May 12, 2020 - Economy & Business

Abandoned deals have become a new normal for private equity

An illustration of a personified contract.

Illustration: Sarah Grillo/Axios

Private equity investors have historically taken a dim view of peers that renege on signed merger agreements, believing that an honorable reputation can be the difference between winning and losing the next deal or next fund.

What's new: Not only have stigma worries dissipated, but some buyers now feel honoring their pre-pandemic word would diminish their reputation.

Driving the news: Broken buyouts are becoming nearly as prevalent as new ones. Just within the past 48 hours, we've learned that:

  • Carlyle bailed on its $900 million deal for a 20% stake in American Express Global Business Travel.
  • Kohlberg & Co. walked away from its $550 million deal for cake decorations company Decopac, owned by Snow Phipps.

"It's one thing to buy a company that eventually loses value," says a private equity investor whose firm is largely sitting on the sidelines.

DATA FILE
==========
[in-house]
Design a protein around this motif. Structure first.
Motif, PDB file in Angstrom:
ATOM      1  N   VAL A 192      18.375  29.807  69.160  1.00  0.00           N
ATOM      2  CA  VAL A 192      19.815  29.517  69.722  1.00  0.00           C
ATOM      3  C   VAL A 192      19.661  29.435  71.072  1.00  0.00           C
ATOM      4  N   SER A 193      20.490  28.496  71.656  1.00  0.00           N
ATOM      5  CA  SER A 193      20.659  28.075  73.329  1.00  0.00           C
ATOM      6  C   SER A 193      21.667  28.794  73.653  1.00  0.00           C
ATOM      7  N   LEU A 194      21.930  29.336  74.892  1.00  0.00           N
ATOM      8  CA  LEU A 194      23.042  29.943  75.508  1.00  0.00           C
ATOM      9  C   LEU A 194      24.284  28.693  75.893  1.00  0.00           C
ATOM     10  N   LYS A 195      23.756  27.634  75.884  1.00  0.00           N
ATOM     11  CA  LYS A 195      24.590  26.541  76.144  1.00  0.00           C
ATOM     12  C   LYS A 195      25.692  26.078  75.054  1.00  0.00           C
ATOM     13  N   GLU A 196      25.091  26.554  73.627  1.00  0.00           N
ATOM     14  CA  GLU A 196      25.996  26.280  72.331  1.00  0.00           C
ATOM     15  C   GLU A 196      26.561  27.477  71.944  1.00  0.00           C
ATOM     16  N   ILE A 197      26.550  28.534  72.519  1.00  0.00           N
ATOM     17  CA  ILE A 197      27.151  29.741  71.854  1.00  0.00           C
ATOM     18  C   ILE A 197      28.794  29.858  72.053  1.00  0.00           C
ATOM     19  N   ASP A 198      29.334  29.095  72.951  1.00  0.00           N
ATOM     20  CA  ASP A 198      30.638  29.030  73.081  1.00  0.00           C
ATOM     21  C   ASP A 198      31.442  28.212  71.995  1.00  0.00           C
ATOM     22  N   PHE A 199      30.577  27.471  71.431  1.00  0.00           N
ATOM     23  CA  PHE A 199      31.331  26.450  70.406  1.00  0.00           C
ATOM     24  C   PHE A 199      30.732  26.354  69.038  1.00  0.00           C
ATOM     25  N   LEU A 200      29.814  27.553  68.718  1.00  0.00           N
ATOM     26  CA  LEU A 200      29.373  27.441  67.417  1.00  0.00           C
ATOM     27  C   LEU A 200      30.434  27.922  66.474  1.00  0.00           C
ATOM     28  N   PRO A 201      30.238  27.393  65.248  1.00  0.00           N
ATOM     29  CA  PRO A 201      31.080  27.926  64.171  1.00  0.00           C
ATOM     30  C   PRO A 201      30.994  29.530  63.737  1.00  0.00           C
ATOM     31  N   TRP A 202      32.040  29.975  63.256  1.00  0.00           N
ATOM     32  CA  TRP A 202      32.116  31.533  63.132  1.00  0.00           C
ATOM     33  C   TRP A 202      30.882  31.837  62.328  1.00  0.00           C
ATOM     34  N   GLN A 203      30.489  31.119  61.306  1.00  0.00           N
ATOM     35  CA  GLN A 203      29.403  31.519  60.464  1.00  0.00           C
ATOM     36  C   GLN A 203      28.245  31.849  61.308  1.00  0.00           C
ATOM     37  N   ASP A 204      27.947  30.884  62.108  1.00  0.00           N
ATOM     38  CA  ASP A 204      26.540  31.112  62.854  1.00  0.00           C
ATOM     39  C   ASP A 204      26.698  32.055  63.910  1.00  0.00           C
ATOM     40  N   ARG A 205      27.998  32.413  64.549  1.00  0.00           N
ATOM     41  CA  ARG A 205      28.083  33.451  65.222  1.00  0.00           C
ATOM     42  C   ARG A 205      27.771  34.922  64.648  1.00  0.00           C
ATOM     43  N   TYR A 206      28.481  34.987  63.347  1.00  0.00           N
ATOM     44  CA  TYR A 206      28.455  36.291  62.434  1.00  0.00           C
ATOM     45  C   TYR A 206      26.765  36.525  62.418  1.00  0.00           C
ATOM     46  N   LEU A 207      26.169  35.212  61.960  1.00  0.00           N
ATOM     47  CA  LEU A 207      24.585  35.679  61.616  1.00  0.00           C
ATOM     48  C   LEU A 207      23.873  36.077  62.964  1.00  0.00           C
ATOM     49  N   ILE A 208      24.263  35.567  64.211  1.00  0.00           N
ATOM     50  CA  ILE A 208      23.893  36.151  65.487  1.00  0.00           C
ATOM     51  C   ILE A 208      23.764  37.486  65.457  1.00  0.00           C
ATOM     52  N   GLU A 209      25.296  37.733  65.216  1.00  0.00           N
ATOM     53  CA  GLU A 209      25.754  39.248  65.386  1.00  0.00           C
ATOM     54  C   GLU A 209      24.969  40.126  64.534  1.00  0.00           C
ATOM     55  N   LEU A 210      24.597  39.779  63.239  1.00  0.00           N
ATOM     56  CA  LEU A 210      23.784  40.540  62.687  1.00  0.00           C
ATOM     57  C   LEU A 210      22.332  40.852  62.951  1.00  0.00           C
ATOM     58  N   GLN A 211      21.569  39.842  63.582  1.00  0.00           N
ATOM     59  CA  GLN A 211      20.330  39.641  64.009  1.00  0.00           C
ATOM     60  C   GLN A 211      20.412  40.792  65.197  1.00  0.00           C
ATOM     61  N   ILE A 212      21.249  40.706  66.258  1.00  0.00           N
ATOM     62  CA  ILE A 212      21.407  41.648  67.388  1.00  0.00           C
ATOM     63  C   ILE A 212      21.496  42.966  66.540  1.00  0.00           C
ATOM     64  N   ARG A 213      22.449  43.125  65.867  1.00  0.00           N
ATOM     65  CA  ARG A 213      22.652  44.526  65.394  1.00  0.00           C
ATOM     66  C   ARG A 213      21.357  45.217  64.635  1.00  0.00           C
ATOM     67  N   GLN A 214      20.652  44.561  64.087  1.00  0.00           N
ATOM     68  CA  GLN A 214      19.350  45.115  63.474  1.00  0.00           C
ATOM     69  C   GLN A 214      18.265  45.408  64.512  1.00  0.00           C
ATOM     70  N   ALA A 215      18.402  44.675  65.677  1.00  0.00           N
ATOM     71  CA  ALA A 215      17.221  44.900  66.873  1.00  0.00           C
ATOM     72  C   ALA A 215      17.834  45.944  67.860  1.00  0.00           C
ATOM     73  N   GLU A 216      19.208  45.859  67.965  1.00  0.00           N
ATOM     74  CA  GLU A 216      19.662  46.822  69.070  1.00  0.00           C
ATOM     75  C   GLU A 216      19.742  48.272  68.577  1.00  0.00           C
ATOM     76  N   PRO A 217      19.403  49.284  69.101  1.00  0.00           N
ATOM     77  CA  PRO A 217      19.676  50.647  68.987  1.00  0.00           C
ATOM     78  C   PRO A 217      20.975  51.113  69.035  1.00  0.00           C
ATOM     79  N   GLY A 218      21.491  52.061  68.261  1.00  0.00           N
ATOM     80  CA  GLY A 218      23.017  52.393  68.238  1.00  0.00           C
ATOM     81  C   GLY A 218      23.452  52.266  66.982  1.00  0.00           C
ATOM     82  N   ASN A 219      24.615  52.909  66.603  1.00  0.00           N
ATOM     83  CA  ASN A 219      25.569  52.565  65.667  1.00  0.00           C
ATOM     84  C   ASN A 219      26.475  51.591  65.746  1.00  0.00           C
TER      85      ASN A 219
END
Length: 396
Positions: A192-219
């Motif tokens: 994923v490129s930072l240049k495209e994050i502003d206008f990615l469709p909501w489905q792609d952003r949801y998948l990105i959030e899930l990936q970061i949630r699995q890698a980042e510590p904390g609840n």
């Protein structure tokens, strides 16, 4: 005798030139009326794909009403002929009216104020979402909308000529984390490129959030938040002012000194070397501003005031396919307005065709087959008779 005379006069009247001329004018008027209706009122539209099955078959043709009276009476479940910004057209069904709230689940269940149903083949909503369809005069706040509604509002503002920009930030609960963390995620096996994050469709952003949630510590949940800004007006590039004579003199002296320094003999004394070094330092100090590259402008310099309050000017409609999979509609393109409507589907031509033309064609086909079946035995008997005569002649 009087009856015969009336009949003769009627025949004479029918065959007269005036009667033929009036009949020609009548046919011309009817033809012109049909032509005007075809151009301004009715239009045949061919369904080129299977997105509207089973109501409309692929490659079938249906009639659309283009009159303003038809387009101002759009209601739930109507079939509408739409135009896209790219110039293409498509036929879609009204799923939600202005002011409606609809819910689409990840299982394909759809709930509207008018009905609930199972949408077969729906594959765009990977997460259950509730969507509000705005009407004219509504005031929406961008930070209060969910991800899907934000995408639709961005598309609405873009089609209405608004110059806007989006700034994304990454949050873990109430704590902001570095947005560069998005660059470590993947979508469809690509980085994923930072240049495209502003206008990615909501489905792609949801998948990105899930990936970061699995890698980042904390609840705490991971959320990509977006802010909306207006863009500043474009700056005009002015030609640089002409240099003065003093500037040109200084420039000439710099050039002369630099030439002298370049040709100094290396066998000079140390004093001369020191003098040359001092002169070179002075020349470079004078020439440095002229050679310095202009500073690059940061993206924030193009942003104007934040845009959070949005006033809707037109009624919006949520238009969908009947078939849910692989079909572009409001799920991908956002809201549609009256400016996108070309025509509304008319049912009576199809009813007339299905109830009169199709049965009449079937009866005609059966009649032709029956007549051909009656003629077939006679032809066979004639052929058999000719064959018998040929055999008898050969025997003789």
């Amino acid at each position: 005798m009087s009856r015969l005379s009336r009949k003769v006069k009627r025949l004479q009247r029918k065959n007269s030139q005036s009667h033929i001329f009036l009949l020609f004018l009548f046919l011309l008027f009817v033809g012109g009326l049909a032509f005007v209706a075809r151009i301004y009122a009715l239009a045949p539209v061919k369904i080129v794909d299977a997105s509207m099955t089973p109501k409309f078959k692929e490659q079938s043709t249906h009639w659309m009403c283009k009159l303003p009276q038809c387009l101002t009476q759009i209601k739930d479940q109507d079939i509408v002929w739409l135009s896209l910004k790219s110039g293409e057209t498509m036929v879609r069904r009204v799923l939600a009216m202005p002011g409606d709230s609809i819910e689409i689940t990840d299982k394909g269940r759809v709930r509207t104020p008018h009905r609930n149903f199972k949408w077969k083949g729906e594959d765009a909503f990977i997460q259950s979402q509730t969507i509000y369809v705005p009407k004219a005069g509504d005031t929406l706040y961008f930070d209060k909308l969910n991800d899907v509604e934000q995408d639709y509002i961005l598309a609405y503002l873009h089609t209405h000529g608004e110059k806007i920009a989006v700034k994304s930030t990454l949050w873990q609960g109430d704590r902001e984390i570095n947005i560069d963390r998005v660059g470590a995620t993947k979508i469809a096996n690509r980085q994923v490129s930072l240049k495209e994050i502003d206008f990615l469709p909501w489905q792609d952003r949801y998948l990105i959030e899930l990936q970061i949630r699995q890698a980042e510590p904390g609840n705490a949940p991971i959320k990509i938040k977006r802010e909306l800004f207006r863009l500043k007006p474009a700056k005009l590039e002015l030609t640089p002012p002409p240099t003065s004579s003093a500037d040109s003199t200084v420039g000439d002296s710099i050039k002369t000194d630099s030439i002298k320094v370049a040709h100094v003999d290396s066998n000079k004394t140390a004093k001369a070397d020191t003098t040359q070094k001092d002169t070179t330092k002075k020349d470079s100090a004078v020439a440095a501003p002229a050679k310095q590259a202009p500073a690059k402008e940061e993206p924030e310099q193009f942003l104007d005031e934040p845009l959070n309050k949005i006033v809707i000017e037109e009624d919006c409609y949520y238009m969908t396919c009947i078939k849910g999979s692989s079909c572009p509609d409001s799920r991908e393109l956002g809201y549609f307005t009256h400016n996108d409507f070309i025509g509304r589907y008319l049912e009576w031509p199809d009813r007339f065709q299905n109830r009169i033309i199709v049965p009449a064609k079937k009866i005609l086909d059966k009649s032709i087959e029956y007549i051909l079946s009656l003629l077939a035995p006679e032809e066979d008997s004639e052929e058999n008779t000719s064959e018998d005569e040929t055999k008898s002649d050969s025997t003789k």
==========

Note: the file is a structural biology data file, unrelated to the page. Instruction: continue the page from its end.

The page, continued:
• "It's quite another to buy a company that you need to write down by 50% the minute you close. That's a tougher sell to limited partners."

Both Carlyle and Kohlberg will need to defend their cold feet in court, and are no locks to succeed.

  • So will many non-PE acquirers. Wex (NYSE: WEX), for example, was sued yesterday by Travelport for trying to abandon its $1.7 billion deal for a pair of travel payments businesses.

But no judge can rule on reputation. That will be up to the markets. And, for now, indications are that absconders will get mulligans. Or even rewarded.

  • "This is the first time I can remember that companies aren't being criticized too much for doing layoffs, because everyone understands the extreme circumstances," says a fund-of-funds manager. "I think it'll be the same for private equity. You're not being held to the regular standard."
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